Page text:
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Alain de Lille, De planctu Naturae: The Orthography of Venus

Alain de Lille, De planctu Naturae: The Orthography of Venus

Chapter:
(p.77) Chapter Four Alain de Lille, De planctu Naturae: The Orthography of Venus
Source:
Kiss My Relics
Author(s):
David Rollo
Publisher:
University of Chicago Press
DOI:10.7208/chicago/9780226724607.003.0005

Early in the De nuptiis, Martianus states that Mercury selects Philology as bride only after discovering that a number of other young women are unavailable. One of them is Psyche, held in adamantine chains in the lair of Cupid. Mention of this allegorical figure for the human soul is accompanied by an account of the gifts she received from the gods at birth. Pallas gave her a cloak of wisdom, Apollo a wand of prophecy, Vulcan flames to light her way, and Remigius reads this reference to Venus bequeathing sexual desire to humanity in lapsarian terms, interpreting the goddess's gifts of voluptas and illecebra as the predisposition to carnal sin that was occasioned by the Fall.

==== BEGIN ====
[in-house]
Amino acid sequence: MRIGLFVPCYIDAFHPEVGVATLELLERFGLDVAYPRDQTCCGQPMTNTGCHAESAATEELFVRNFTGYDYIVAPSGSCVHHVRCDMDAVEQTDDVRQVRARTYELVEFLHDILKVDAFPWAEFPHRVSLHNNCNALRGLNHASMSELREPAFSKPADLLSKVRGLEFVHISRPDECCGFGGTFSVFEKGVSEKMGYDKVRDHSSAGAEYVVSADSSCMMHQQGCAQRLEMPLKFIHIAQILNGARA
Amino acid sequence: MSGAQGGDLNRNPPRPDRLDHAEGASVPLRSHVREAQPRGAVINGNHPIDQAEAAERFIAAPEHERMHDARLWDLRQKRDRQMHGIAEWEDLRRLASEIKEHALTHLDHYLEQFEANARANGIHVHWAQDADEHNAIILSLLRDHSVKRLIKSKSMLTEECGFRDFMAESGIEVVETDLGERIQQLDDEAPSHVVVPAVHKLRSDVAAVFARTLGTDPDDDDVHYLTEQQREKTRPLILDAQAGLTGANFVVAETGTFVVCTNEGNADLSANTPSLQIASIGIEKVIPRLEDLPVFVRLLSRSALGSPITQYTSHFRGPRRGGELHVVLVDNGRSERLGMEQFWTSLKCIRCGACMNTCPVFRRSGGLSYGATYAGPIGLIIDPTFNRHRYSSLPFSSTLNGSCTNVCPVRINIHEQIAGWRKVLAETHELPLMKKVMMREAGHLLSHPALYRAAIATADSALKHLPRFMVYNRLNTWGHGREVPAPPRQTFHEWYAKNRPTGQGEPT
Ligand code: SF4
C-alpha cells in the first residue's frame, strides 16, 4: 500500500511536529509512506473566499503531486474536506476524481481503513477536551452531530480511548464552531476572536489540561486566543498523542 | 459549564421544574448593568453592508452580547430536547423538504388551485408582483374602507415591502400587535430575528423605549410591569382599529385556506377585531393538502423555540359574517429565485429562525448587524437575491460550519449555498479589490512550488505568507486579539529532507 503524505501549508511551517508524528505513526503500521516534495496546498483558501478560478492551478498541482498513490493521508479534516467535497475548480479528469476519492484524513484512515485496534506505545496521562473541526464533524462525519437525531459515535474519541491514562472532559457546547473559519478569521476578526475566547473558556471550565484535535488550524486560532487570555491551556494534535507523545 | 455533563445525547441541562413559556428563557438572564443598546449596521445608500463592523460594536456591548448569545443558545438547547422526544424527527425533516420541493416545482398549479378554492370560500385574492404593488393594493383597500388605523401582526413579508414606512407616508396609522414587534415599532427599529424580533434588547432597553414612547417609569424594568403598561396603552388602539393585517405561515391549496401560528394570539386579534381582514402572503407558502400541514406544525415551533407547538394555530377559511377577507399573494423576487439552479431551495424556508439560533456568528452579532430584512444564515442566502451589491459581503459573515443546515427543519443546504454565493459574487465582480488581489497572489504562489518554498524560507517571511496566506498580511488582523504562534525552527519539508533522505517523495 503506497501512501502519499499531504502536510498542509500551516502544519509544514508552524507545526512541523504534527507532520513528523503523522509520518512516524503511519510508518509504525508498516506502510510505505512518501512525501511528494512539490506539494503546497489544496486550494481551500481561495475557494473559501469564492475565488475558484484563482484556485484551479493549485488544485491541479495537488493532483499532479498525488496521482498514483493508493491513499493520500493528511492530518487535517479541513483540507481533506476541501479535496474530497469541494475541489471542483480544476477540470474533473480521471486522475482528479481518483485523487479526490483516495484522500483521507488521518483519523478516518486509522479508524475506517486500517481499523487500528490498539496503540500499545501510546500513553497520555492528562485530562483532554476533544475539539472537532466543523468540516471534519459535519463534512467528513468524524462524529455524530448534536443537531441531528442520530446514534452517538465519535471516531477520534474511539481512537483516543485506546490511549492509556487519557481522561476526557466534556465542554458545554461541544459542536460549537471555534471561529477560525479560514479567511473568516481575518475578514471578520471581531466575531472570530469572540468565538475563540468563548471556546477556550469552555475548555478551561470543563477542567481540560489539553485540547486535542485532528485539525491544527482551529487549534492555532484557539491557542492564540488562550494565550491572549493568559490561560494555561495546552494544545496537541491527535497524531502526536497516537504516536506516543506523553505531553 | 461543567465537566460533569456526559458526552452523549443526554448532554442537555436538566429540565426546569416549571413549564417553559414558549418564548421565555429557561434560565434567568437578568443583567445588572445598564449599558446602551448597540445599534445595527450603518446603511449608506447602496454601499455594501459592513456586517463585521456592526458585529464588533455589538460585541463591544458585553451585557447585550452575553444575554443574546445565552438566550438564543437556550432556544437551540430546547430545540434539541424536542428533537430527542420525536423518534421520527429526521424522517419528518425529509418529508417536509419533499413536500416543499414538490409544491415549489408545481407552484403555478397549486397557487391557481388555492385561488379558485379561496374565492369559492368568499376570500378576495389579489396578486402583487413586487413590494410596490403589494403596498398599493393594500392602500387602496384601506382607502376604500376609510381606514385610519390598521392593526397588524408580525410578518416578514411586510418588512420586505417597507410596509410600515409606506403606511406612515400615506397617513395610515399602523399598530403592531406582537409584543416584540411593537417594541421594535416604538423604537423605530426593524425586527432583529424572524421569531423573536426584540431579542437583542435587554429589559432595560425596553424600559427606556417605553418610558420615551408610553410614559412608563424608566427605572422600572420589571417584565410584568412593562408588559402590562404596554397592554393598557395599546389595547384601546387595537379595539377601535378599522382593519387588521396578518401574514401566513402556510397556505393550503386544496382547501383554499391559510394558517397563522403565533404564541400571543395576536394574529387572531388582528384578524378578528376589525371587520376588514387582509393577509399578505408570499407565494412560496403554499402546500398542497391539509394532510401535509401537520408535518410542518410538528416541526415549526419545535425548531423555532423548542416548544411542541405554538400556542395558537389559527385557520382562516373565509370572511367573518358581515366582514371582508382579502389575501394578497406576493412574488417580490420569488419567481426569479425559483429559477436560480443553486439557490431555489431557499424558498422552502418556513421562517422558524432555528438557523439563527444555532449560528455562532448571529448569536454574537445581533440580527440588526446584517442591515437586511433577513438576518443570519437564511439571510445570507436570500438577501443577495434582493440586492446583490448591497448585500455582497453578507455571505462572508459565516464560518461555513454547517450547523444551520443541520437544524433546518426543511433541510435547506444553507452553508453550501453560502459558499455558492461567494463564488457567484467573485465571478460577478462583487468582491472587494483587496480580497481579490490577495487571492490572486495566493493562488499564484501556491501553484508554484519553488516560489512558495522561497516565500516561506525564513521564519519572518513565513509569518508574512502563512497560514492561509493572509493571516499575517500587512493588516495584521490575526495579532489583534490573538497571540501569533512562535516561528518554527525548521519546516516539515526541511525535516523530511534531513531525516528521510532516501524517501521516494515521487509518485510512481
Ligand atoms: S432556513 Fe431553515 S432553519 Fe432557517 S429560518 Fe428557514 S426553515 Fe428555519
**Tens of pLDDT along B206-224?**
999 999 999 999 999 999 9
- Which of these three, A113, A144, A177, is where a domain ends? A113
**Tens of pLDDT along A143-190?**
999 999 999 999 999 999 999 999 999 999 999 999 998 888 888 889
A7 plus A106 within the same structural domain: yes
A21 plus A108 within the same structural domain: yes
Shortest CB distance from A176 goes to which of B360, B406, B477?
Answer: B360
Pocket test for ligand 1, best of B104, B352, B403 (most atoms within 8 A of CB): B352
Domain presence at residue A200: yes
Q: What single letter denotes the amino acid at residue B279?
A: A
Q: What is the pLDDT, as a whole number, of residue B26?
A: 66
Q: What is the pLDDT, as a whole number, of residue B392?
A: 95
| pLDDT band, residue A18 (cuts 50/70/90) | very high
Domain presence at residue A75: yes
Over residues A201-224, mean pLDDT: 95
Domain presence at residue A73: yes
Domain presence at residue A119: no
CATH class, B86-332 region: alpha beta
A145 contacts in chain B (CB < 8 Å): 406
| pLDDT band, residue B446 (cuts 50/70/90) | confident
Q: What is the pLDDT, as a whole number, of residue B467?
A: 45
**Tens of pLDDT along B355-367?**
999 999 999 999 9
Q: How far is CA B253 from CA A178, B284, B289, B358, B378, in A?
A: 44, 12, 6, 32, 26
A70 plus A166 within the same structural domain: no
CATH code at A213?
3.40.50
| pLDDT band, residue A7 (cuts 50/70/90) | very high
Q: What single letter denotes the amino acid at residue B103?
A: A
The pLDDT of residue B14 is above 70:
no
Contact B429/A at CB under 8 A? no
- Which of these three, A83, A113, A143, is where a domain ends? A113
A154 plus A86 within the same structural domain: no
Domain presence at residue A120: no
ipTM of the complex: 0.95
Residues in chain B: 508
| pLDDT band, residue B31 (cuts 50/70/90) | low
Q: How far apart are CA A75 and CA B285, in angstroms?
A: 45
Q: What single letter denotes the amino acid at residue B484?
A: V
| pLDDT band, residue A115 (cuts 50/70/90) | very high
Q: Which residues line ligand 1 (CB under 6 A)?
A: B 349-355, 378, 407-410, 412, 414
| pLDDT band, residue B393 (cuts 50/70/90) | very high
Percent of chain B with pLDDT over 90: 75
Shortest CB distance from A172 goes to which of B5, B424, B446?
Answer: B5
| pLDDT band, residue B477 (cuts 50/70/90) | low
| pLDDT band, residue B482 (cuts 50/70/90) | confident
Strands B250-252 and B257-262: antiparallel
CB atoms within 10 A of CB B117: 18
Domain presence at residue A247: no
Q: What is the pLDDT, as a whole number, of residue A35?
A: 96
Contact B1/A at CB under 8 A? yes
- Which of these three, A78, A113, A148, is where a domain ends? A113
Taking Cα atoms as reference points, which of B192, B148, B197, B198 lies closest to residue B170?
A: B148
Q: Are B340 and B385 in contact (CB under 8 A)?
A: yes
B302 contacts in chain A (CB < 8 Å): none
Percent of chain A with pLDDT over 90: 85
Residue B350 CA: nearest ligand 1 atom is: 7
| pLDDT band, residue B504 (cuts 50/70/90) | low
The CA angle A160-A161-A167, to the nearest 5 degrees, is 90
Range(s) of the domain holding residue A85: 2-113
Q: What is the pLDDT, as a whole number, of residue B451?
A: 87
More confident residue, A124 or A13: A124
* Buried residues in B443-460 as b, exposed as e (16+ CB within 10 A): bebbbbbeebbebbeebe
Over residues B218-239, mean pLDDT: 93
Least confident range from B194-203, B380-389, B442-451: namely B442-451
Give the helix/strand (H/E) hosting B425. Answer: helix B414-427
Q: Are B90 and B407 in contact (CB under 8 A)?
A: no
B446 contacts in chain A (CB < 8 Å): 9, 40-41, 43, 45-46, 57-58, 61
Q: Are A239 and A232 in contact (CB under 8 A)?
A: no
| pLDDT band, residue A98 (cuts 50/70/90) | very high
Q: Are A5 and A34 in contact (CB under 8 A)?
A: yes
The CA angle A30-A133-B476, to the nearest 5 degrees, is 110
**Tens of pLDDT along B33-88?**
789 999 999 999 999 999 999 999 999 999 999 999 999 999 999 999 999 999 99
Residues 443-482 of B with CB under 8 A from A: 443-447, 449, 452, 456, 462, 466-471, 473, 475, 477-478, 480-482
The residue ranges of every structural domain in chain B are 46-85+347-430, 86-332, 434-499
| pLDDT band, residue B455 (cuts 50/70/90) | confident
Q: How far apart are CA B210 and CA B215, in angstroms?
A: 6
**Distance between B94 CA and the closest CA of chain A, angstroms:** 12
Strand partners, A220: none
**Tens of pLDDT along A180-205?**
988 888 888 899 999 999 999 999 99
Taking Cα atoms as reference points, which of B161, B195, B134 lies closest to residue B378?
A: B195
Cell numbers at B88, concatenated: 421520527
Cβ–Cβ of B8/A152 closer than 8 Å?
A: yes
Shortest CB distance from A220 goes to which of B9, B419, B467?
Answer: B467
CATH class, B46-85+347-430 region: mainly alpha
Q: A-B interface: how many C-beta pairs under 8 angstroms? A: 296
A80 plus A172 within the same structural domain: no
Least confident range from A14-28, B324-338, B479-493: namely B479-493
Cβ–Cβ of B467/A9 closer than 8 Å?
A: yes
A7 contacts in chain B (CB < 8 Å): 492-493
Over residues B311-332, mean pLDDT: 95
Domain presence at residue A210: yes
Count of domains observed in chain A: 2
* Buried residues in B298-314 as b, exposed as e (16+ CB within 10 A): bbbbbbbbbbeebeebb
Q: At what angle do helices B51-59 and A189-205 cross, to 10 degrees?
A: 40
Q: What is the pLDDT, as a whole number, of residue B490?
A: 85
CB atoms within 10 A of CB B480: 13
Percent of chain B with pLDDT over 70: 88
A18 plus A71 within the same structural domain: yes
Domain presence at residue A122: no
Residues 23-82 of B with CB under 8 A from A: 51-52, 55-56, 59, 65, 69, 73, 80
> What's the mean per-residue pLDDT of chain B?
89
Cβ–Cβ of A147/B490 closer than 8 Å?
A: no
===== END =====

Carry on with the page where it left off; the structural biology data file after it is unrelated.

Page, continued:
Keywords:   Philology, Mercury, Psyche, human soul, voluptas, illecebra, carnal sin

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